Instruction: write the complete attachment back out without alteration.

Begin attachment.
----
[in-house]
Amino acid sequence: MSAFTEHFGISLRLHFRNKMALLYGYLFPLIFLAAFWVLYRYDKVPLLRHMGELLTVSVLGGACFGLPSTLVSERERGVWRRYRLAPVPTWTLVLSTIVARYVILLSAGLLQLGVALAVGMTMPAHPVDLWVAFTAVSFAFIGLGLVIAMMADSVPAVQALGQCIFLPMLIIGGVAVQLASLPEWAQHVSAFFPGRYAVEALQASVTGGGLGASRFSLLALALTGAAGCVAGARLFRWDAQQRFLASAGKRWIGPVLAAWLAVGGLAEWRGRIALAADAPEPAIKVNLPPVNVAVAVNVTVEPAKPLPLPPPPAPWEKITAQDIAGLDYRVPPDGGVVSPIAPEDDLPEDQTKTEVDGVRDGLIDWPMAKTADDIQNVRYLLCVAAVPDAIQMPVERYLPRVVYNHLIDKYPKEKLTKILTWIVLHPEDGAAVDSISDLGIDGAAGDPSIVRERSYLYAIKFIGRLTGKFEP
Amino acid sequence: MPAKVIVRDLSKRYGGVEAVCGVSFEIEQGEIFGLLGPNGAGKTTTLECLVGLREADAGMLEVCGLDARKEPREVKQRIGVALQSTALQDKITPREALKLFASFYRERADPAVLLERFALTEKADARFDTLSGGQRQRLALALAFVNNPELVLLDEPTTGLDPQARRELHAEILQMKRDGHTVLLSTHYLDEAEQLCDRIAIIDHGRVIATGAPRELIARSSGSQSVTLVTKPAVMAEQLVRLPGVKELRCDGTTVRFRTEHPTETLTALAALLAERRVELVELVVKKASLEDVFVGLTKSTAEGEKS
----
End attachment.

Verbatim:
[in-house]
Amino acid sequence: MSAFTEHFGISLRLHFRNKMALLYGYLFPLIFLAAFWVLYRYDKVPLLRHMGELLTVSVLGGACFGLPSTLVSERERGVWRRYRLAPVPTWTLVLSTIVARYVILLSAGLLQLGVALAVGMTMPAHPVDLWVAFTAVSFAFIGLGLVIAMMADSVPAVQALGQCIFLPMLIIGGVAVQLASLPEWAQHVSAFFPGRYAVEALQASVTGGGLGASRFSLLALALTGAAGCVAGARLFRWDAQQRFLASAGKRWIGPVLAAWLAVGGLAEWRGRIALAADAPEPAIKVNLPPVNVAVAVNVTVEPAKPLPLPPPPAPWEKITAQDIAGLDYRVPPDGGVVSPIAPEDDLPEDQTKTEVDGVRDGLIDWPMAKTADDIQNVRYLLCVAAVPDAIQMPVERYLPRVVYNHLIDKYPKEKLTKILTWIVLHPEDGAAVDSISDLGIDGAAGDPSIVRERSYLYAIKFIGRLTGKFEP
Amino acid sequence: MPAKVIVRDLSKRYGGVEAVCGVSFEIEQGEIFGLLGPNGAGKTTTLECLVGLREADAGMLEVCGLDARKEPREVKQRIGVALQSTALQDKITPREALKLFASFYRERADPAVLLERFALTEKADARFDTLSGGQRQRLALALAFVNNPELVLLDEPTTGLDPQARRELHAEILQMKRDGHTVLLSTHYLDEAEQLCDRIAIIDHGRVIATGAPRELIARSSGSQSVTLVTKPAVMAEQLVRLPGVKELRCDGTTVRFRTEHPTETLTALAALLAERRVELVELVVKKASLEDVFVGLTKSTAEGEKS